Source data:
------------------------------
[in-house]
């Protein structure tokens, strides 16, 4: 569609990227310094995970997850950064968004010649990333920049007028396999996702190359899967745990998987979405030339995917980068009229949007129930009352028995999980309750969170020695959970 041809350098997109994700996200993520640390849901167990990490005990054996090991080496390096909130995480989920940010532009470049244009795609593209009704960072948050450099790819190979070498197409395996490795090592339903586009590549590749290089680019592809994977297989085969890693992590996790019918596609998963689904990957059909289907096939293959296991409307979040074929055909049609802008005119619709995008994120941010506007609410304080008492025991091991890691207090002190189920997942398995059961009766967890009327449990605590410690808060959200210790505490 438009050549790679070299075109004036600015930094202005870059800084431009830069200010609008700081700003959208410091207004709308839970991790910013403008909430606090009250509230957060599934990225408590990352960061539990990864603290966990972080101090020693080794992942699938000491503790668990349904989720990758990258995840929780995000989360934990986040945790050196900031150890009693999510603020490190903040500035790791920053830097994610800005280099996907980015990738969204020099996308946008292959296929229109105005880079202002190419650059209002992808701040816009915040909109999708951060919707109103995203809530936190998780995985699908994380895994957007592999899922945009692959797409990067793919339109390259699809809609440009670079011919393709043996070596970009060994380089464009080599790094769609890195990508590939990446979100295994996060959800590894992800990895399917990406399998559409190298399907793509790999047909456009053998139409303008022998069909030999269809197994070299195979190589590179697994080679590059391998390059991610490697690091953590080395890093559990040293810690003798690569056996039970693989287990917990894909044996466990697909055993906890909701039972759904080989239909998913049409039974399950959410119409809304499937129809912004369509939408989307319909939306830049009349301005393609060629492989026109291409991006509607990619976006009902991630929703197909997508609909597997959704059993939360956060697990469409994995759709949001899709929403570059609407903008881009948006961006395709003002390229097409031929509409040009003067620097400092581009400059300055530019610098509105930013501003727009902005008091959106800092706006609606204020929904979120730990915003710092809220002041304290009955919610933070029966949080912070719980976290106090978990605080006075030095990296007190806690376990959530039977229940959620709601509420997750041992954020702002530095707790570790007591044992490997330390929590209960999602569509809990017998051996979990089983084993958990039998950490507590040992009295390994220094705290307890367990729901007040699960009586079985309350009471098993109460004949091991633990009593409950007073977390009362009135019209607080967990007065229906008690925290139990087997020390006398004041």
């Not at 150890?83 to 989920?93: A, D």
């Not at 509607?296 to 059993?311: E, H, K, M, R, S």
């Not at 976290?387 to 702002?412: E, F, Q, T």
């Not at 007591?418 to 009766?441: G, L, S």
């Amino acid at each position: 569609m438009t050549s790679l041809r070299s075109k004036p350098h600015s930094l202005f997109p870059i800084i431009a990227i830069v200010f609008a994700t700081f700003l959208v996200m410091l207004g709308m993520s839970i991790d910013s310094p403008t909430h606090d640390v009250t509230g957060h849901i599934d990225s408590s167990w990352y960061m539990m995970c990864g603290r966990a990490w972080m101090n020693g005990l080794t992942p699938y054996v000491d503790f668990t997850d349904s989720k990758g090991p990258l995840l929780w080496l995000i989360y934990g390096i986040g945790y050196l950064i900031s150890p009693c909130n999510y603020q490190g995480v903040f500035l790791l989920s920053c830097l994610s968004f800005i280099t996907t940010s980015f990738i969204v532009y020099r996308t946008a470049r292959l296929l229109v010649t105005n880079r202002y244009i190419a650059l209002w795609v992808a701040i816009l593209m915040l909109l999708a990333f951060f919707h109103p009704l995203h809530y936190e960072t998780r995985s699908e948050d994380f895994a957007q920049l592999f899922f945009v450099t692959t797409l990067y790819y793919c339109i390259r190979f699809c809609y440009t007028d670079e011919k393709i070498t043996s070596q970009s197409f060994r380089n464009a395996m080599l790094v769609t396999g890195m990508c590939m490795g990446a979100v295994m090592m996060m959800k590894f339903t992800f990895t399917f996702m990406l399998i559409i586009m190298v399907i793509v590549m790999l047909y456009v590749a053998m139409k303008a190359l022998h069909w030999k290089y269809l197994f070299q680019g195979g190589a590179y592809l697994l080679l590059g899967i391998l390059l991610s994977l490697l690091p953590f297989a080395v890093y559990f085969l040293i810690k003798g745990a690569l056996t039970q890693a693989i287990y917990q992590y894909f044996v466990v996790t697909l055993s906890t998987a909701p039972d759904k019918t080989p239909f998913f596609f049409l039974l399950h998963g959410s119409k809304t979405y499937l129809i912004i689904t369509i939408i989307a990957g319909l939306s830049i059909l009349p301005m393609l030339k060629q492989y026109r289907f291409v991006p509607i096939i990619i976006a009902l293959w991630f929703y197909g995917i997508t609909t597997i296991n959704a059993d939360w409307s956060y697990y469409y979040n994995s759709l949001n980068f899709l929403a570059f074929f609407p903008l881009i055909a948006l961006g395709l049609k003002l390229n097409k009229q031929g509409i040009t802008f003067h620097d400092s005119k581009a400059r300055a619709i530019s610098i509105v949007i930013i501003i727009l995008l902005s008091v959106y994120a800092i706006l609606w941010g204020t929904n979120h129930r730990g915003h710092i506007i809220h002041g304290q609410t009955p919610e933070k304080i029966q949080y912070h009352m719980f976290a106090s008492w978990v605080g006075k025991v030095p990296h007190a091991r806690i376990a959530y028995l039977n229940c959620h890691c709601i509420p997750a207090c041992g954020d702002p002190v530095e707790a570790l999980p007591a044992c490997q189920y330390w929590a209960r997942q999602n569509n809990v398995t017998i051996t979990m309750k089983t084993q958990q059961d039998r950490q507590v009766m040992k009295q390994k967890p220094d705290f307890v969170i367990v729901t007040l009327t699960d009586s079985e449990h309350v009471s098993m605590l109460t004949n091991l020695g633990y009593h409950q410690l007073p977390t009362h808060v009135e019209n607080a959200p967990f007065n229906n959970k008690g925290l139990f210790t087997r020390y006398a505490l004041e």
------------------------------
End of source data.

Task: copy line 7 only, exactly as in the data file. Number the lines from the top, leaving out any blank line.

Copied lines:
């Amino acid at each position: 569609m438009t050549s790679l041809r070299s075109k004036p350098h600015s930094l202005f997109p870059i800084i431009a990227i830069v200010f609008a994700t700081f700003l959208v996200m410091l207004g709308m993520s839970i991790d910013s310094p403008t909430h606090d640390v009250t509230g957060h849901i599934d990225s408590s167990w990352y960061m539990m995970c990864g603290r966990a990490w972080m101090n020693g005990l080794t992942p699938y054996v000491d503790f668990t997850d349904s989720k990758g090991p990258l995840l929780w080496l995000i989360y934990g390096i986040g945790y050196l950064i900031s150890p009693c909130n999510y603020q490190g995480v903040f500035l790791l989920s920053c830097l994610s968004f800005i280099t996907t940010s980015f990738i969204v532009y020099r996308t946008a470049r292959l296929l229109v010649t105005n880079r202002y244009i190419a650059l209002w795609v992808a701040i816009l593209m915040l909109l999708a990333f951060f919707h109103p009704l995203h809530y936190e960072t998780r995985s699908e948050d994380f895994a957007q920049l592999f899922f945009v450099t692959t797409l990067y790819y793919c339109i390259r190979f699809c809609y440009t007028d670079e011919k393709i070498t043996s070596q970009s197409f060994r380089n464009a395996m080599l790094v769609t396999g890195m990508c590939m490795g990446a979100v295994m090592m996060m959800k590894f339903t992800f990895t399917f996702m990406l399998i559409i586009m190298v399907i793509v590549m790999l047909y456009v590749a053998m139409k303008a190359l022998h069909w030999k290089y269809l197994f070299q680019g195979g190589a590179y592809l697994l080679l590059g899967i391998l390059l991610s994977l490697l690091p953590f297989a080395v890093y559990f085969l040293i810690k003798g745990a690569l056996t039970q890693a693989i287990y917990q992590y894909f044996v466990v996790t697909l055993s906890t998987a909701p039972d759904k019918t080989p239909f998913f596609f049409l039974l399950h998963g959410s119409k809304t979405y499937l129809i912004i689904t369509i939408i989307a990957g319909l939306s830049i059909l009349p301005m393609l030339k060629q492989y026109r289907f291409v991006p509607i096939i990619i976006a009902l293959w991630f929703y197909g995917i997508t609909t597997i296991n959704a059993d939360w409307s956060y697990y469409y979040n994995s759709l949001n980068f899709l929403a570059f074929f609407p903008l881009i055909a948006l961006g395709l049609k003002l390229n097409k009229q031929g509409i040009t802008f003067h620097d400092s005119k581009a400059r300055a619709i530019s610098i509105v949007i930013i501003i727009l995008l902005s008091v959106y994120a800092i706006l609606w941010g204020t929904n979120h129930r730990g915003h710092i506007i809220h002041g304290q609410t009955p919610e933070k304080i029966q949080y912070h009352m719980f976290a106090s008492w978990v605080g006075k025991v030095p990296h007190a091991r806690i376990a959530y028995l039977n229940c959620h890691c709601i509420p997750a207090c041992g954020d702002p002190v530095e707790a570790l999980p007591a044992c490997q189920y330390w929590a209960r997942q999602n569509n809990v398995t017998i051996t979990m309750k089983t084993q958990q059961d039998r950490q507590v009766m040992k009295q390994k967890p220094d705290f307890v969170i367990v729901t007040l009327t699960d009586s079985e449990h309350v009471s098993m605590l109460t004949n091991l020695g633990y009593h409950q410690l007073p977390t009362h808060v009135e019209n607080a959200p967990f007065n229906n959970k008690g925290l139990f210790t087997r020390y006398a505490l004041e």